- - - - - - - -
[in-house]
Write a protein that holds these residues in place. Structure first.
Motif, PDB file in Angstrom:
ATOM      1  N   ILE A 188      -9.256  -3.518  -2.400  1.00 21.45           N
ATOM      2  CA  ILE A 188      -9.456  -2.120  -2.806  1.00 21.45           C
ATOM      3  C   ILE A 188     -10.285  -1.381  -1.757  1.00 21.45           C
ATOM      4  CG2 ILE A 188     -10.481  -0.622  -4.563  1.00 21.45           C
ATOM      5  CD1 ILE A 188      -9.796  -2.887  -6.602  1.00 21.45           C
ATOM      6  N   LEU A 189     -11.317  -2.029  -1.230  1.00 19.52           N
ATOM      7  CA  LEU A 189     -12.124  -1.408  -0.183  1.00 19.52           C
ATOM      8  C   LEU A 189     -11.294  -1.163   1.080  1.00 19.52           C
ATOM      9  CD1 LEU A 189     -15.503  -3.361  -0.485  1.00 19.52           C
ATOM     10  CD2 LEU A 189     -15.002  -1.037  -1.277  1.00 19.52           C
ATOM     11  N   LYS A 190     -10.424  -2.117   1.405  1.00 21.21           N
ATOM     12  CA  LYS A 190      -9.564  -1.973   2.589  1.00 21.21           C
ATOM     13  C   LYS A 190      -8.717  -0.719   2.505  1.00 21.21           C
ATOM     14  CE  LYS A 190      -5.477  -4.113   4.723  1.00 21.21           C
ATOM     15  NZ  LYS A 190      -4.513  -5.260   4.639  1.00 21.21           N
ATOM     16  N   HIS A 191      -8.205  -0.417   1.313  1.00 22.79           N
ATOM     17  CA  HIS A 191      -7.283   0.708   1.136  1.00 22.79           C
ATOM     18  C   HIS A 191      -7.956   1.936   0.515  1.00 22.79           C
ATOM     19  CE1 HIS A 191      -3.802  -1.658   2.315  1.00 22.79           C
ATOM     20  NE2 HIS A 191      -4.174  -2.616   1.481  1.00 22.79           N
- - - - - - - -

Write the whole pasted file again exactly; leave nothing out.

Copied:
[in-house]
Write a protein that holds these residues in place. Structure first.
Motif, PDB file in Angstrom:
ATOM      1  N   ILE A 188      -9.256  -3.518  -2.400  1.00 21.45           N
ATOM      2  CA  ILE A 188      -9.456  -2.120  -2.806  1.00 21.45           C
ATOM      3  C   ILE A 188     -10.285  -1.381  -1.757  1.00 21.45           C
ATOM      4  CG2 ILE A 188     -10.481  -0.622  -4.563  1.00 21.45           C
ATOM      5  CD1 ILE A 188      -9.796  -2.887  -6.602  1.00 21.45           C
ATOM      6  N   LEU A 189     -11.317  -2.029  -1.230  1.00 19.52           N
ATOM      7  CA  LEU A 189     -12.124  -1.408  -0.183  1.00 19.52           C
ATOM      8  C   LEU A 189     -11.294  -1.163   1.080  1.00 19.52           C
ATOM      9  CD1 LEU A 189     -15.503  -3.361  -0.485  1.00 19.52           C
ATOM     10  CD2 LEU A 189     -15.002  -1.037  -1.277  1.00 19.52           C
ATOM     11  N   LYS A 190     -10.424  -2.117   1.405  1.00 21.21           N
ATOM     12  CA  LYS A 190      -9.564  -1.973   2.589  1.00 21.21           C
ATOM     13  C   LYS A 190      -8.717  -0.719   2.505  1.00 21.21           C
ATOM     14  CE  LYS A 190      -5.477  -4.113   4.723  1.00 21.21           C
ATOM     15  NZ  LYS A 190      -4.513  -5.260   4.639  1.00 21.21           N
ATOM     16  N   HIS A 191      -8.205  -0.417   1.313  1.00 22.79           N
ATOM     17  CA  HIS A 191      -7.283   0.708   1.136  1.00 22.79           C
ATOM     18  C   HIS A 191      -7.956   1.936   0.515  1.00 22.79           C
ATOM     19  CE1 HIS A 191      -3.802  -1.658   2.315  1.00 22.79           C
ATOM     20  NE2 HIS A 191      -4.174  -2.616   1.481  1.00 22.79           N